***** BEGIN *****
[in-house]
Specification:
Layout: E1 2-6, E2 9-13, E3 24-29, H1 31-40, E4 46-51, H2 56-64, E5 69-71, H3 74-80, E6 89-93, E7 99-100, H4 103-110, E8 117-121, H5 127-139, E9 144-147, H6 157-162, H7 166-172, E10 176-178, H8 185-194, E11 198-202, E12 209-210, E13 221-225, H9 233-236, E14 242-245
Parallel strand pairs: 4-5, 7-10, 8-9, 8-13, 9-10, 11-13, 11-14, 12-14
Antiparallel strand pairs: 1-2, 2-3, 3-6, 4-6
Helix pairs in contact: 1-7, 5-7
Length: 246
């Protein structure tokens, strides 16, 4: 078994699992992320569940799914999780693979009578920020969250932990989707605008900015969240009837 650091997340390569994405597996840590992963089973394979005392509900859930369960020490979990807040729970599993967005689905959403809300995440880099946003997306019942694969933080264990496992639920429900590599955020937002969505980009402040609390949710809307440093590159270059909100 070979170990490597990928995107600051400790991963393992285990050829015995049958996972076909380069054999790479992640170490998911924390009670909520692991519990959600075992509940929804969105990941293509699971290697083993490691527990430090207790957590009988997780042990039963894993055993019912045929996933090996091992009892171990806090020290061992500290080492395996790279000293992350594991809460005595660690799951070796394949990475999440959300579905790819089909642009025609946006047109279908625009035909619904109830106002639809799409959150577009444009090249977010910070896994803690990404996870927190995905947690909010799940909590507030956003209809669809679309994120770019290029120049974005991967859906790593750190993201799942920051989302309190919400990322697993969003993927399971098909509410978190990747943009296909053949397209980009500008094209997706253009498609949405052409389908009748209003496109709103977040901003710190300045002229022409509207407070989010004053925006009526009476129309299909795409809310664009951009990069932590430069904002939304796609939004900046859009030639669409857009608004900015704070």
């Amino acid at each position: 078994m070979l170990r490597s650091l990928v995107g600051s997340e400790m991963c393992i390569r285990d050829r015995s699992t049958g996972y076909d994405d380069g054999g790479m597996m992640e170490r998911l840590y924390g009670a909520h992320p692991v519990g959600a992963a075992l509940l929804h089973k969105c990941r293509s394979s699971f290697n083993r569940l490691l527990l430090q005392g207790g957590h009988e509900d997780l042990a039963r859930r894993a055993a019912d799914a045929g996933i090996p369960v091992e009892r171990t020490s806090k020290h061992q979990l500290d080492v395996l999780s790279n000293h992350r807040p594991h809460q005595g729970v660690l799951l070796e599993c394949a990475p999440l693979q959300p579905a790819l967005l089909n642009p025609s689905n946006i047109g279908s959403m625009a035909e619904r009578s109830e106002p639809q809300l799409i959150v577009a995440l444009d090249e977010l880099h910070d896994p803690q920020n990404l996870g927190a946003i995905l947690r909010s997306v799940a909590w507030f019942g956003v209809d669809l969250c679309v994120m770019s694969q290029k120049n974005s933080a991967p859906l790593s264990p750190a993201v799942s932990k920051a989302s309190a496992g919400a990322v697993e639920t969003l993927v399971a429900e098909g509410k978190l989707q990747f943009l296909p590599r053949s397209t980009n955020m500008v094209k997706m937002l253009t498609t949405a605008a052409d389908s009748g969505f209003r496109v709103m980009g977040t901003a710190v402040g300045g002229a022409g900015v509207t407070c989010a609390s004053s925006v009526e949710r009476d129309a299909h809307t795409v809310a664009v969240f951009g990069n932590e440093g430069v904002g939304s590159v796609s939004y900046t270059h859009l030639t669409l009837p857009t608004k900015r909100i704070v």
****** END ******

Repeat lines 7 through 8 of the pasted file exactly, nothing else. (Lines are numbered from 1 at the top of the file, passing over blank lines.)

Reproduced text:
Length: 246
């Protein structure tokens, strides 16, 4: 078994699992992320569940799914999780693979009578920020969250932990989707605008900015969240009837 650091997340390569994405597996840590992963089973394979005392509900859930369960020490979990807040729970599993967005689905959403809300995440880099946003997306019942694969933080264990496992639920429900590599955020937002969505980009402040609390949710809307440093590159270059909100 070979170990490597990928995107600051400790991963393992285990050829015995049958996972076909380069054999790479992640170490998911924390009670909520692991519990959600075992509940929804969105990941293509699971290697083993490691527990430090207790957590009988997780042990039963894993055993019912045929996933090996091992009892171990806090020290061992500290080492395996790279000293992350594991809460005595660690799951070796394949990475999440959300579905790819089909642009025609946006047109279908625009035909619904109830106002639809799409959150577009444009090249977010910070896994803690990404996870927190995905947690909010799940909590507030956003209809669809679309994120770019290029120049974005991967859906790593750190993201799942920051989302309190919400990322697993969003993927399971098909509410978190990747943009296909053949397209980009500008094209997706253009498609949405052409389908009748209003496109709103977040901003710190300045002229022409509207407070989010004053925006009526009476129309299909795409809310664009951009990069932590430069904002939304796609939004900046859009030639669409857009608004900015704070």